Assemblywoman Galef Visits Ossining High School to Recognize Women’s History Month and “Women Who Have Made a Difference”
Assemblywoman Galef joins local elected officials Village of Ossining Mayor Bill Hanauer and Ossining Town Supervisor Catherine Borgia along with Ossining High School Students, teachers, educators and a Cablevision representative to celebrate Women’s History Month.
As part of Women’s History Month, Assemblywoman Sandy Galef participated with students at Ossining High School last Friday to explore the lives of seven women they admire from around the world through an interactive program offered by Cablevision’s Power to Learn, a multi-faceted initiative dedicated to integrating technology into education. Also participating in the program today was History Channel historian Dr. Kimberly Gilmore.
Students focused on the lives of Afghani social activist Meena Keshwar Kamal, political figure Eva Peron, Zionist Hanna Szenes, anti-Nazi activist Sophie Scholl, African singer Miriam Makeba, Ossining educator Zoila Tazi, and public servant Sandra Galef.
The students also participated in a live question-and-answer session with History Channel historian Dr. Kimberly Gilmore and discussed the importance of women’s history and cultural diversity in education today with Assemblywoman Sandra Galef. Also present at the event were Ossining Town Supervisor Catherine Borgia, Ossining Village Mayor William R. Hanauer, Ossining Board of Education President Alice Joselow, Ossining Schools’ Superintendent Dr. Phyllis Glassman and Ossining High School Principal Josh Mandel.
Assemblywoman Galef applauded Cablevision’s Power to Learn for focusing on Women’s History Month. “I especially enjoyed that this program recognized women from around the world, ranging from Afghanistan to Africa. Each of the women profiled was fearless and dedicated to the betterment of society. This program was a terrific way for the students here today to learn more about these impressive figures who have made a difference.”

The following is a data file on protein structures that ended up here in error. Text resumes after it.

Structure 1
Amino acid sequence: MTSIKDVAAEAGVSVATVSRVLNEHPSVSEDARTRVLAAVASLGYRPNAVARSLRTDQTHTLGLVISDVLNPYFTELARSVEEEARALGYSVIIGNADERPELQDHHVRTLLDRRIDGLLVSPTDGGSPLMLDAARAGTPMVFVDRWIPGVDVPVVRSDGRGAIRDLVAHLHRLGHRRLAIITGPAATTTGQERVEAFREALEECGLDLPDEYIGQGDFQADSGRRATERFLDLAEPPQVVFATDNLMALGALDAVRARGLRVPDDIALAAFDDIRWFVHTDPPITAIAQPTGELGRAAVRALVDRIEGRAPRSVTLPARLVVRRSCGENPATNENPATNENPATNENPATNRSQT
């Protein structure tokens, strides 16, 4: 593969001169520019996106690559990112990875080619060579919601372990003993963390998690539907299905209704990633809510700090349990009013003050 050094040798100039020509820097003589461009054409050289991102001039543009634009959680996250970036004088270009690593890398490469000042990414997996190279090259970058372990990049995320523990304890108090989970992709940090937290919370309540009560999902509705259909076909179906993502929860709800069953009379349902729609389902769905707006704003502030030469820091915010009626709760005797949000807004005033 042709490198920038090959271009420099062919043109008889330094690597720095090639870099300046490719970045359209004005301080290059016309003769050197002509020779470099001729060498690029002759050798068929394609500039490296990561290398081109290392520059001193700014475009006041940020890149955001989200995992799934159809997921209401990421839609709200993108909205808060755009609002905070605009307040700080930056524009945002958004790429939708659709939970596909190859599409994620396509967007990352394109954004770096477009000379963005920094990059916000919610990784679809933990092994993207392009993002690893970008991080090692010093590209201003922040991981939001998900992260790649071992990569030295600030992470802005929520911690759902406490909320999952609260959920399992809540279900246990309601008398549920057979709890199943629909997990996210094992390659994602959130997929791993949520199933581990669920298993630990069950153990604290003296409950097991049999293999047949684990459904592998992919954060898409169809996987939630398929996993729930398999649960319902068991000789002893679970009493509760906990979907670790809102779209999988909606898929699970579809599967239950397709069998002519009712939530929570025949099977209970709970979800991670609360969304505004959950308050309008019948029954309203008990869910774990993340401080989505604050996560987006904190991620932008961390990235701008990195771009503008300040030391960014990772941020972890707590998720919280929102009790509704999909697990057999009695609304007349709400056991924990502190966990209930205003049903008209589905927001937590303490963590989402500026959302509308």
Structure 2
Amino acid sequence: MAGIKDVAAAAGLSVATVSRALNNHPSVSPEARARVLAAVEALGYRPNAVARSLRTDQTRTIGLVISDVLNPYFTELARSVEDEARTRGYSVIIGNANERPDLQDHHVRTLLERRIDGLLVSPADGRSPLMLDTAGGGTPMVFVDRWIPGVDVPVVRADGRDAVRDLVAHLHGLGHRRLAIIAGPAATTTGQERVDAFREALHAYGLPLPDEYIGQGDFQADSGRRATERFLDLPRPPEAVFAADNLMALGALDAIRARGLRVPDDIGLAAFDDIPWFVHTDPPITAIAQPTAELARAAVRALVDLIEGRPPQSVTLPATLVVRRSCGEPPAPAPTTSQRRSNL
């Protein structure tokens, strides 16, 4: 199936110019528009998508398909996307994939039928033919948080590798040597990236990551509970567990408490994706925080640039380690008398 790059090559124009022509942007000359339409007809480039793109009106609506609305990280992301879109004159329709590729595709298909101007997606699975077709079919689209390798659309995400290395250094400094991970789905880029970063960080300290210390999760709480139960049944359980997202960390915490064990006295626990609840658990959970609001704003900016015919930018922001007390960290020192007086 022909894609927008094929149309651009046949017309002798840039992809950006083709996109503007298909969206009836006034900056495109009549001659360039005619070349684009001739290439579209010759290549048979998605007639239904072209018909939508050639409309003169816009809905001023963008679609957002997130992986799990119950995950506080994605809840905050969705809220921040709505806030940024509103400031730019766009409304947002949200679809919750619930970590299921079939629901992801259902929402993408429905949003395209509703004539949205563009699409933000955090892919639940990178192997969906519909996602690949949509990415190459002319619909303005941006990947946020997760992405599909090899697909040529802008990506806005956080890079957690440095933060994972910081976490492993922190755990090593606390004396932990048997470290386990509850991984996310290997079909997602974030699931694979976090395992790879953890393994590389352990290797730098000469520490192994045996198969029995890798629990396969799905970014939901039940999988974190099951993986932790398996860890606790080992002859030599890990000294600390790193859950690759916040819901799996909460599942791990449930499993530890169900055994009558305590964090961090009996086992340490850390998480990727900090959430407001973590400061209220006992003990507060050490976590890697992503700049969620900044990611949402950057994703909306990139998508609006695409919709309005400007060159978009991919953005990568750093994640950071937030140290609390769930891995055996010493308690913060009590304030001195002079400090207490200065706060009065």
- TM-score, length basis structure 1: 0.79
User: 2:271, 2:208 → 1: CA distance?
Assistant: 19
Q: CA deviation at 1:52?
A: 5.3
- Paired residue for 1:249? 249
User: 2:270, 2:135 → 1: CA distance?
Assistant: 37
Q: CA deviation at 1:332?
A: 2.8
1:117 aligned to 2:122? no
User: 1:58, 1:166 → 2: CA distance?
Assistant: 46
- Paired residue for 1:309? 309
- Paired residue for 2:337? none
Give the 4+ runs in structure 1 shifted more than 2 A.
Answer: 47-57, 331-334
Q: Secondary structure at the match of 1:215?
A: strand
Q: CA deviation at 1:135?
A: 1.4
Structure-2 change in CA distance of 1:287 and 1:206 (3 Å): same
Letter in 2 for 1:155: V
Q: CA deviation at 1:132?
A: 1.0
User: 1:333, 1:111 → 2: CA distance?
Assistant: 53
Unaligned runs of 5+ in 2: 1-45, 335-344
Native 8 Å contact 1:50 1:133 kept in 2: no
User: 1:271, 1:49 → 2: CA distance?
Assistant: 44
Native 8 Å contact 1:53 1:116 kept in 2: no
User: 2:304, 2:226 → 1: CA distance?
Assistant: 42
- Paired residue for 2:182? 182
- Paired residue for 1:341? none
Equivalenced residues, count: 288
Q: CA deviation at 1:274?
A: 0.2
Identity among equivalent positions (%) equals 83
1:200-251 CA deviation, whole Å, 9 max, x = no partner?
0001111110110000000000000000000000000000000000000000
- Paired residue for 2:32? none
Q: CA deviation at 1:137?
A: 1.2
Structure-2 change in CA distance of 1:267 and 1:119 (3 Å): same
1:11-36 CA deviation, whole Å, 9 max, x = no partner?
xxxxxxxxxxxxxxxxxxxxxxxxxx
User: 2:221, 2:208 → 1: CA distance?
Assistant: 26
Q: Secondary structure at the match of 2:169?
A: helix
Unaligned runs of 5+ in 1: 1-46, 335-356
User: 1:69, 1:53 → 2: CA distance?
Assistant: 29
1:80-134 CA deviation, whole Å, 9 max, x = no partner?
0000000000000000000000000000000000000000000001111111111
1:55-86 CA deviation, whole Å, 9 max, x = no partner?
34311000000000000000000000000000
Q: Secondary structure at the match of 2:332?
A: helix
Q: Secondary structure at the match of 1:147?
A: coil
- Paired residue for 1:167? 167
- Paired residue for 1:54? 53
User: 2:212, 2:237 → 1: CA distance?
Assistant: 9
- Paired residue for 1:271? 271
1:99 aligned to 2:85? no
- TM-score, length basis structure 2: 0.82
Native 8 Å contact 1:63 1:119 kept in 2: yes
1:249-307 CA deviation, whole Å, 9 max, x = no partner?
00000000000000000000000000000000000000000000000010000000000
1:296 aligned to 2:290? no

Ossining Town Supervisor Catherine Borgia noted, “The women studied define courage in that they chose to stand up for what they believed in. We are honored to have the privilege of ‘walking in their footsteps’ through the presentations today.”
Ossining Village Mayor William Hanauer concurred, saying, “The women discussed have proven that change in society is possible when you follow your own true path. Each is a source of inspiration. While all are not household names, they deserve to be recognized.”
Ossining High School Principal Josh Mandel, commented, “I’d like to take this opportunity to thank Cablevision’s Power to Learn, in conjunction with the History Channel, for making this program accessible to our students. The women profiled changed the course of history in their own unique way and are worthy of study.”
Power to Learn, Cablevision’s nationally recognized education initiative, empowers K-12 learning in the tri-state area by making technology in the classroom useful and by facilitating the home-school connection. Power to Learn's “Triple Play for Education” is now available free of charge to more than 4,000 schools within the company's service area in New York, New Jersey and Connecticut. This initiative gives students and teachers access to Cablevision's full suite of cable television, high-speed Internet and digital voice-over-cable services for educational use. In addition, teachers, students and parents benefit from innovative educational content and tools available on the Power to Learn Web site, a broadband Web resource dedicated to facilitating K-12 learning and the home-school connection. “This is a great example of public/private partnerships and how they can really enhance education,” said Galef.